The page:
One Year of Water in Orange County in Just Four Days

Orange County received a more rain than it receives in one year over the course of four days of torrential downpours this week, leaving near-empty reservoirs full again.

According to the Orange County RegisterIrvine Lake rose 6 feet in one week and Barbara’s Lake was full again after being dry for the past year. Further, the Register reported that a review of reservoirs on the east side of the Santa Ana Mountain range on Thursday found Lake Skinner 85 percent full; Diamond Valley Lake 72 percent full; and Lake Mathews 90 percent full.

Just six months ago, those same lakes were reportedly dry.

Nearly one year ago, Irvine Lake was forced to close its waters to recreational fishing after being a fishing hot spot for over 70 years. It is likely fishing activities will resume there in the near future.

While the federal government’s U.S. Drought Monitor reported that approximately 35 percent of the state has exited the drought, it noted that “groundwater aquifers in many parts of the state remain severely overdrafted and will take far longer to recover.”

Two weeks ago, roughly 350 billion gallons of water came pouring into the region’s biggest reservoirs, boosting storage to levels not seen in years.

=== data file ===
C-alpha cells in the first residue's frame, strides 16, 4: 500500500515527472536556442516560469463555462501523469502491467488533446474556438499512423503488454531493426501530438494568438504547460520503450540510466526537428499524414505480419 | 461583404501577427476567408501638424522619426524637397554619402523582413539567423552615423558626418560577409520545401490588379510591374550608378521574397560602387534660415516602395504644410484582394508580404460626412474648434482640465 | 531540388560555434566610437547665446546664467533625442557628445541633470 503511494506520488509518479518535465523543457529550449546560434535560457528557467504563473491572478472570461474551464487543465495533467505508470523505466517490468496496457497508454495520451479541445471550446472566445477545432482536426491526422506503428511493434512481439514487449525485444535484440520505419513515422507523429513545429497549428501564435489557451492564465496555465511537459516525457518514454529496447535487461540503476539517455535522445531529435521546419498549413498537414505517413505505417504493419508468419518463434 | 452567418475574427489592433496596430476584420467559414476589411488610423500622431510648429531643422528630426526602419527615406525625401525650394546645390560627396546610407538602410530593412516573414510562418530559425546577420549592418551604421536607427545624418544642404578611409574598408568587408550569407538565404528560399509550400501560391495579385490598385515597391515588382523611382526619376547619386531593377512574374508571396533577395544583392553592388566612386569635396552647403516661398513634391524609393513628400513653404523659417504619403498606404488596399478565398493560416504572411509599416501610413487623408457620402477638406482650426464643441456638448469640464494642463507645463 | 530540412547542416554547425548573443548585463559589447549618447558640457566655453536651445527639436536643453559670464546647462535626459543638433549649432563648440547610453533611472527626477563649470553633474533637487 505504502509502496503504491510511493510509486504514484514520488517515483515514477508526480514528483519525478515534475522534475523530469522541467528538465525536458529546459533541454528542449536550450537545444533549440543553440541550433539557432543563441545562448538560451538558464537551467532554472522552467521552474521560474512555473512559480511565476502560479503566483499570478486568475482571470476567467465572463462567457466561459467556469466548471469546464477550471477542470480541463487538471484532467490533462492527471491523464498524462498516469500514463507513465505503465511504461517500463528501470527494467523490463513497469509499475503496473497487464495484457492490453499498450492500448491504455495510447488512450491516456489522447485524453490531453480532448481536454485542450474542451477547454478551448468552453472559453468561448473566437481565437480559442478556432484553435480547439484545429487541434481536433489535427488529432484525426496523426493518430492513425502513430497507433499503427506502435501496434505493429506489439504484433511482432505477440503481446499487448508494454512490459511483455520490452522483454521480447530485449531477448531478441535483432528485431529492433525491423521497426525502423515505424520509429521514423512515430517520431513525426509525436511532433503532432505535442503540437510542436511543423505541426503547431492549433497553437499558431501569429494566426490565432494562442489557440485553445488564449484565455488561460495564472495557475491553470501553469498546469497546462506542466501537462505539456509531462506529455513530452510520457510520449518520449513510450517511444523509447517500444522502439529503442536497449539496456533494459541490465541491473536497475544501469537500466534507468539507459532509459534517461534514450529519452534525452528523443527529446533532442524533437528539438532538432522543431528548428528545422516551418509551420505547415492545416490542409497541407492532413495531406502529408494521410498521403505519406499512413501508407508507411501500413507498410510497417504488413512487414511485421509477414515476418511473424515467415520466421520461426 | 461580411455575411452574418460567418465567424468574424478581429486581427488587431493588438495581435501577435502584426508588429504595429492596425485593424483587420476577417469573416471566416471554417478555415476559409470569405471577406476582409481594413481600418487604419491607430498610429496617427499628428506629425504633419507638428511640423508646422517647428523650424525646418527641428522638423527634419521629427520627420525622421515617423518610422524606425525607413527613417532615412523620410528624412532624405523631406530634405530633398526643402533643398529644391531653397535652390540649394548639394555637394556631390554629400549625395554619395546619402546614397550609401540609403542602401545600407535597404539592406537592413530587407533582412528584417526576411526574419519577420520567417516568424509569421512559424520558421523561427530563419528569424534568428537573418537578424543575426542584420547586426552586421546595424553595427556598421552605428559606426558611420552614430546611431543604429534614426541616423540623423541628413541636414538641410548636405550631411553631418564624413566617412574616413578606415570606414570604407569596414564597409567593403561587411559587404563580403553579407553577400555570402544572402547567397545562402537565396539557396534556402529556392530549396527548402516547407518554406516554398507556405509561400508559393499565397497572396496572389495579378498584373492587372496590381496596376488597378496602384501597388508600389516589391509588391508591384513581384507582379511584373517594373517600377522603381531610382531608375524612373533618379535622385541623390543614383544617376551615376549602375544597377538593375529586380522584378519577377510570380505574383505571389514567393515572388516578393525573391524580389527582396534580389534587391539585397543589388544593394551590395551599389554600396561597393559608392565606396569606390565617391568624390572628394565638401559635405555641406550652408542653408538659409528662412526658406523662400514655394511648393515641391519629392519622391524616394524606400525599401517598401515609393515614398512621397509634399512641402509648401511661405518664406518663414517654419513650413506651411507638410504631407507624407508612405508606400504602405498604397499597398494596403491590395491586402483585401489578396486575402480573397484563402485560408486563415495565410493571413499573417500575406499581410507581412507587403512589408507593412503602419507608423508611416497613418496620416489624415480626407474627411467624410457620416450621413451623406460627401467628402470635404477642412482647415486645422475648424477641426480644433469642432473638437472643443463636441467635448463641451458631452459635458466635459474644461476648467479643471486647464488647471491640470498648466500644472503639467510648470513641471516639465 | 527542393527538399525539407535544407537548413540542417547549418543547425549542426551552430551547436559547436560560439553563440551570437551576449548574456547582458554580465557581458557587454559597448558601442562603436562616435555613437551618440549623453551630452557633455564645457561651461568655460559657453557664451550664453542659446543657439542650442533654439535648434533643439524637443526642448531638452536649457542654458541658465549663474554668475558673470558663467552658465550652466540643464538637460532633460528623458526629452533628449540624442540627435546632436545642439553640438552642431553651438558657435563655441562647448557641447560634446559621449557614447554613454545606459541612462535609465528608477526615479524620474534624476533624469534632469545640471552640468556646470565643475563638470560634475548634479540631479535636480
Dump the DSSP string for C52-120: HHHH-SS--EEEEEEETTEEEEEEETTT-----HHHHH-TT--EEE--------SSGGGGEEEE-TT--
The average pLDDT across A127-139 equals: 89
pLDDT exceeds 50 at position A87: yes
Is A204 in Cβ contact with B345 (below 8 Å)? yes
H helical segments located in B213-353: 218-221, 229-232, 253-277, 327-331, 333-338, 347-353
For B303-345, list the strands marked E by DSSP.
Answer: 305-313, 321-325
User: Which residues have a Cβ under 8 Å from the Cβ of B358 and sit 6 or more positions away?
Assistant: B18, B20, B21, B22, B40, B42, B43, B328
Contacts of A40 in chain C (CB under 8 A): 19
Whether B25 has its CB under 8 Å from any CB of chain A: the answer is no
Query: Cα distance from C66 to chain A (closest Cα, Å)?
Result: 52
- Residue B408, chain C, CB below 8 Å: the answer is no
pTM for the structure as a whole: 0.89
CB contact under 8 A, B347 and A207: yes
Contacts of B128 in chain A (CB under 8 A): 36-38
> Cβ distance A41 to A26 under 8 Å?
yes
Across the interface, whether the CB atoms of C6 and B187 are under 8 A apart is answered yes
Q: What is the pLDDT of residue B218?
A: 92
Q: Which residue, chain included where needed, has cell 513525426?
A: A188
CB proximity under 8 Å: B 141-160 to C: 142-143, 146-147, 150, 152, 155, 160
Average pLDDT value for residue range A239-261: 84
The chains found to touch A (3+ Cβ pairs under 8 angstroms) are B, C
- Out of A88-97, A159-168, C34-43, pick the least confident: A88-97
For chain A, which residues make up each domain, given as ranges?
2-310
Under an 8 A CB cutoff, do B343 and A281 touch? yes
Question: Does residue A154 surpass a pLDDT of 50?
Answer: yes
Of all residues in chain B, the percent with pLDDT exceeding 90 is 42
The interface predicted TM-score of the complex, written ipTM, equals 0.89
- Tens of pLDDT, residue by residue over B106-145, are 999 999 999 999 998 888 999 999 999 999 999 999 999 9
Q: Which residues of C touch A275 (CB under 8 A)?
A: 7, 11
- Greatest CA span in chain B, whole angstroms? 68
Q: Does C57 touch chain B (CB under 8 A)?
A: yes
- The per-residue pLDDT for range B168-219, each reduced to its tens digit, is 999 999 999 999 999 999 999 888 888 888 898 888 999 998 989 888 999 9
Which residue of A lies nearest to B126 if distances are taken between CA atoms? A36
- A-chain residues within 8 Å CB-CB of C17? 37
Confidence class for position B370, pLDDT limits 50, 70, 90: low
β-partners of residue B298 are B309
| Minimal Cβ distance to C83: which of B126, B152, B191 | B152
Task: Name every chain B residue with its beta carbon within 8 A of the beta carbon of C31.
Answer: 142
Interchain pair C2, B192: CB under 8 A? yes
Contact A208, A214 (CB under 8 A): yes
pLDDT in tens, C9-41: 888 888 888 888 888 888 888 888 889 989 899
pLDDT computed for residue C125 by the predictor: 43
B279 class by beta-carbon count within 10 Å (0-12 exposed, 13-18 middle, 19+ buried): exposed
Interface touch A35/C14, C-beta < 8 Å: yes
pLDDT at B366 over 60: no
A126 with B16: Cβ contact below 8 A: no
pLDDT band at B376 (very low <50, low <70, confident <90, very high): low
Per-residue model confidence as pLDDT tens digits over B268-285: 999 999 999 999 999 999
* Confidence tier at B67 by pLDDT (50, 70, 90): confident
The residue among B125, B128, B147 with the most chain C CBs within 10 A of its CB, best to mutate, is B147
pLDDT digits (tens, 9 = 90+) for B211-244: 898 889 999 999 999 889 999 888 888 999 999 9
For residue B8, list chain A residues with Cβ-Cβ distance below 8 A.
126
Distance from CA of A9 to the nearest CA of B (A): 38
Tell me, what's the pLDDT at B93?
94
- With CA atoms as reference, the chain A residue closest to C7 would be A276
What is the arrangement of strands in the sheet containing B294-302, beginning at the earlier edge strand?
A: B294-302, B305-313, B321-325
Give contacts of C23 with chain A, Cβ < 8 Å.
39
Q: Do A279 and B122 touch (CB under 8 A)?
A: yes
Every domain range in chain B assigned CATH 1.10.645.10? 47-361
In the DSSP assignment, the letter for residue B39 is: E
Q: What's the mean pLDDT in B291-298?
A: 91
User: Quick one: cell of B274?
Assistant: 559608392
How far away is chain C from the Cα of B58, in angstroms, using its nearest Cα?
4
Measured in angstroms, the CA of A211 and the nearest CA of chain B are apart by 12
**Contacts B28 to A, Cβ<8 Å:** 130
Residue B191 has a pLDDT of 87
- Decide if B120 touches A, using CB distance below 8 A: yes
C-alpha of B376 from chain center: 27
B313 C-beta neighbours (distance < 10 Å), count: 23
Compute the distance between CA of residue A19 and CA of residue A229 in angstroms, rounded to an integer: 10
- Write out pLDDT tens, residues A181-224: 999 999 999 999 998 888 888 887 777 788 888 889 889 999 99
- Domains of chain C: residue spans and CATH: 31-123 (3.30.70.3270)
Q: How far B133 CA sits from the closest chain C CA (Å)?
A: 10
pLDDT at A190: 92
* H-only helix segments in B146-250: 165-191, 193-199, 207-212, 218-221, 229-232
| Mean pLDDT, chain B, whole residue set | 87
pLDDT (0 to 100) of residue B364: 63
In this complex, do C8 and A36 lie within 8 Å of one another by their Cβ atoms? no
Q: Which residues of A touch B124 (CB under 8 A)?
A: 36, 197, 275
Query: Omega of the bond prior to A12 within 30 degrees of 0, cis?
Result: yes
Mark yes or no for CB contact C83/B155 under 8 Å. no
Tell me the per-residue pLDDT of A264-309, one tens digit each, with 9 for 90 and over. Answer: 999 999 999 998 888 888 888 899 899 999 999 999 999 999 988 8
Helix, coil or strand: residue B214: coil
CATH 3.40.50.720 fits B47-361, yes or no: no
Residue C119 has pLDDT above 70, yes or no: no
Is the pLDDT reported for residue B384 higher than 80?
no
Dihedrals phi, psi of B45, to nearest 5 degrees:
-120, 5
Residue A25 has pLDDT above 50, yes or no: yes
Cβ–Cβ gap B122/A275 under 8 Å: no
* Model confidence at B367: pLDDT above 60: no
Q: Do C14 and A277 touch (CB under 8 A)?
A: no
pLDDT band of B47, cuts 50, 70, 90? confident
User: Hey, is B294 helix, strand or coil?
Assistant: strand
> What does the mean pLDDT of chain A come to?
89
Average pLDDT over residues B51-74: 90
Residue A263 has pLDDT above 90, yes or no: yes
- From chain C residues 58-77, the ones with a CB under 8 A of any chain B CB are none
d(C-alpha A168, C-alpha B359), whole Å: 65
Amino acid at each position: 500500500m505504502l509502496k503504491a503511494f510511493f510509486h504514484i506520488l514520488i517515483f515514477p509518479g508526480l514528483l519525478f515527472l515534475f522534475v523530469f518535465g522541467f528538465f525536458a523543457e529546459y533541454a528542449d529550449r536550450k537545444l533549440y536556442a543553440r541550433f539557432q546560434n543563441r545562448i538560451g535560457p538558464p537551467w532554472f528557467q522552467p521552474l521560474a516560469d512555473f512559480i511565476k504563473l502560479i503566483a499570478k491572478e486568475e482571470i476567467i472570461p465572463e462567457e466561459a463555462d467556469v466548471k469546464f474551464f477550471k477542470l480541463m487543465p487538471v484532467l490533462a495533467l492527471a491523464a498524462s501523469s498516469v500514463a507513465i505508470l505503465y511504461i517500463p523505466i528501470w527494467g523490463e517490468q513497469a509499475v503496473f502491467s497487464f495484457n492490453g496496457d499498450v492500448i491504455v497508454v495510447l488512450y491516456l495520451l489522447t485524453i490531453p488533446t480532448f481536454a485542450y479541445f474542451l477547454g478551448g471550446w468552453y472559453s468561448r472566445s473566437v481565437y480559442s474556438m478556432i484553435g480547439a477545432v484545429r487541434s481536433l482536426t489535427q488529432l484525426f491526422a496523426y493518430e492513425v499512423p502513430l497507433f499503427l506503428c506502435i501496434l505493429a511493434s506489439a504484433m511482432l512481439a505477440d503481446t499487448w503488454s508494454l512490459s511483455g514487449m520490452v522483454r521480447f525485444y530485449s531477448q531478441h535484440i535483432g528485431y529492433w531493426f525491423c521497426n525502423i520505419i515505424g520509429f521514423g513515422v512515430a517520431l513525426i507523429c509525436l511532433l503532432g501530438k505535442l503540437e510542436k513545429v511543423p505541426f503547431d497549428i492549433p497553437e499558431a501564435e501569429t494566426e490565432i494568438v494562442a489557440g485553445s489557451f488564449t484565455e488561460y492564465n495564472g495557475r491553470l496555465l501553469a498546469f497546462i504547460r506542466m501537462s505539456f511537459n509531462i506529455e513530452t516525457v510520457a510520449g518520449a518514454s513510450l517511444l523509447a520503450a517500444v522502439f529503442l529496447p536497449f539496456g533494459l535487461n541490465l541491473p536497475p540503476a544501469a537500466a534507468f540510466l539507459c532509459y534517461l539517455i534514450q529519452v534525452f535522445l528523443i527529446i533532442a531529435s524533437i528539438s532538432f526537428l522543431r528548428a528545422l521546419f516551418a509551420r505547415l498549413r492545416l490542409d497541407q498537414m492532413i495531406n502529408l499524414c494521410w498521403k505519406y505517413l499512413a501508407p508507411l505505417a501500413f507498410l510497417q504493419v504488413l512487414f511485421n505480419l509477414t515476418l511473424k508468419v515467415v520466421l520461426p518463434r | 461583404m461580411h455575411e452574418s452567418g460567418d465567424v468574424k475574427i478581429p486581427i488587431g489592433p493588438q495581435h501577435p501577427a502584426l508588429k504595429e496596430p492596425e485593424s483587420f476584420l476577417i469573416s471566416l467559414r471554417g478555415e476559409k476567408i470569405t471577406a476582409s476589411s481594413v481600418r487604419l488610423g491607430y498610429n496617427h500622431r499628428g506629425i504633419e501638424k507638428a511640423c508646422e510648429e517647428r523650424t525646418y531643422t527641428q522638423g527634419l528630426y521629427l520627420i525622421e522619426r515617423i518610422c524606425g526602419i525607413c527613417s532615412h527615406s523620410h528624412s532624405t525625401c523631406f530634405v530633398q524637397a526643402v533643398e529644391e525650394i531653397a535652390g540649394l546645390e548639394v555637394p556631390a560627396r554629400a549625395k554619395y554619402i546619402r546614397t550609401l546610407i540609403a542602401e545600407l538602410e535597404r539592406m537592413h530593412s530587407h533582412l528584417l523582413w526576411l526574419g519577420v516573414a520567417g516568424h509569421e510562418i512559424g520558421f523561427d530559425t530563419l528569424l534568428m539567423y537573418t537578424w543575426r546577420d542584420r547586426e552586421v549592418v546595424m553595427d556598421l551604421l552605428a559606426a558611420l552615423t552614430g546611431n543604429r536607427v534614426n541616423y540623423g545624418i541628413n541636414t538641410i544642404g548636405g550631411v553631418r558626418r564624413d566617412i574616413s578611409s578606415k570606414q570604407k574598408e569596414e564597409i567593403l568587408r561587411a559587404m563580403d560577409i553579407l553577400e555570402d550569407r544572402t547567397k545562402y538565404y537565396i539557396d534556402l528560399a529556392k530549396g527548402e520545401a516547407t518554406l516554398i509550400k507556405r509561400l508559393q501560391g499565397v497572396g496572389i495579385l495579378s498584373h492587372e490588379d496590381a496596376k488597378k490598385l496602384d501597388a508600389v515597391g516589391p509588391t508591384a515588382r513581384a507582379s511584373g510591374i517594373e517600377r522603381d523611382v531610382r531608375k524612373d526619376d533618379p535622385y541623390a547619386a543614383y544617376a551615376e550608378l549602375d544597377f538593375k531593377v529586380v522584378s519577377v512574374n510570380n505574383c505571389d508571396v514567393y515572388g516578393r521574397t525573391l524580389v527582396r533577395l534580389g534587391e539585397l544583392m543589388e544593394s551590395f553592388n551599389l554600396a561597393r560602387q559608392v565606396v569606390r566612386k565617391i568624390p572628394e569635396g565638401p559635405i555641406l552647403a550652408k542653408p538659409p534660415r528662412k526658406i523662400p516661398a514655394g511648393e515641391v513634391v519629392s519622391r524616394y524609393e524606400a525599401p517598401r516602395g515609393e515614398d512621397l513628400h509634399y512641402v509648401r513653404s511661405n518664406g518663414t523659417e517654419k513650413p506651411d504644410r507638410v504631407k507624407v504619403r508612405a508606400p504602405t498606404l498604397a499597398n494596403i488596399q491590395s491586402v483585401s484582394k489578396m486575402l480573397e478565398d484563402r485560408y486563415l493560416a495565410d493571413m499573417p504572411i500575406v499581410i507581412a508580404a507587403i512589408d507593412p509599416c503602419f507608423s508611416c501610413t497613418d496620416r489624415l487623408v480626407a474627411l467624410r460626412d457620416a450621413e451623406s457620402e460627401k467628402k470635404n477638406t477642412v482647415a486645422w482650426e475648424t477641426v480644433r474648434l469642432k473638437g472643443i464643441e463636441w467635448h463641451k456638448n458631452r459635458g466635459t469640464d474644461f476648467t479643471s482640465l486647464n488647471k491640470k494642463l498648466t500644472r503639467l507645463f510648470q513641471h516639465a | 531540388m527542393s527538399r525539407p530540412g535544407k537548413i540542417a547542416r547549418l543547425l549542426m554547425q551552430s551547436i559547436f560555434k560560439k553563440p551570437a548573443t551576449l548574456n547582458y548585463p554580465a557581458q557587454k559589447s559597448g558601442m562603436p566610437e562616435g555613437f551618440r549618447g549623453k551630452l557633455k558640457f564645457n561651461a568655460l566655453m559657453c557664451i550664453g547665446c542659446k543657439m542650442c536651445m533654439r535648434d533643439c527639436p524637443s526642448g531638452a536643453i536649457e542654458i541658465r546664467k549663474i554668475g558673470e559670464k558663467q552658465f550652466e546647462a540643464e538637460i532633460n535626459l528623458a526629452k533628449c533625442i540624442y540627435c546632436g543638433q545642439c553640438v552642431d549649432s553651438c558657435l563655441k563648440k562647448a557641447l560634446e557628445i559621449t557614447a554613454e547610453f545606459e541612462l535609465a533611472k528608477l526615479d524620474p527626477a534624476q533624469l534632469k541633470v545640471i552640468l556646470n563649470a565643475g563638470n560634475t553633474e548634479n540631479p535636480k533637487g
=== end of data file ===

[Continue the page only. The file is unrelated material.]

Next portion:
Following that downpour, the U.S. Drought Monitor announced that 42 percent of California had been lifted out of the drought. That figure has likely increased as a result of the succeeding rains. While Northern California was almost completely drought-free, Southern California still has a a way to go.

Jerry Vilander, general manager for the Serrano Water District, which oversees the Santiago Creek Reservoir (i.e.  Irvine Lake), told the Register that while four days of rain was equivalent to paying for three to four months of piped-in water, “For the drought to be truly over we need a few more years’ supply in our pocket.”

Residents are still urged to use water frugally and judiciously.

Follow Adelle Nazarian on Twitter and Periscope @AdelleNaz 


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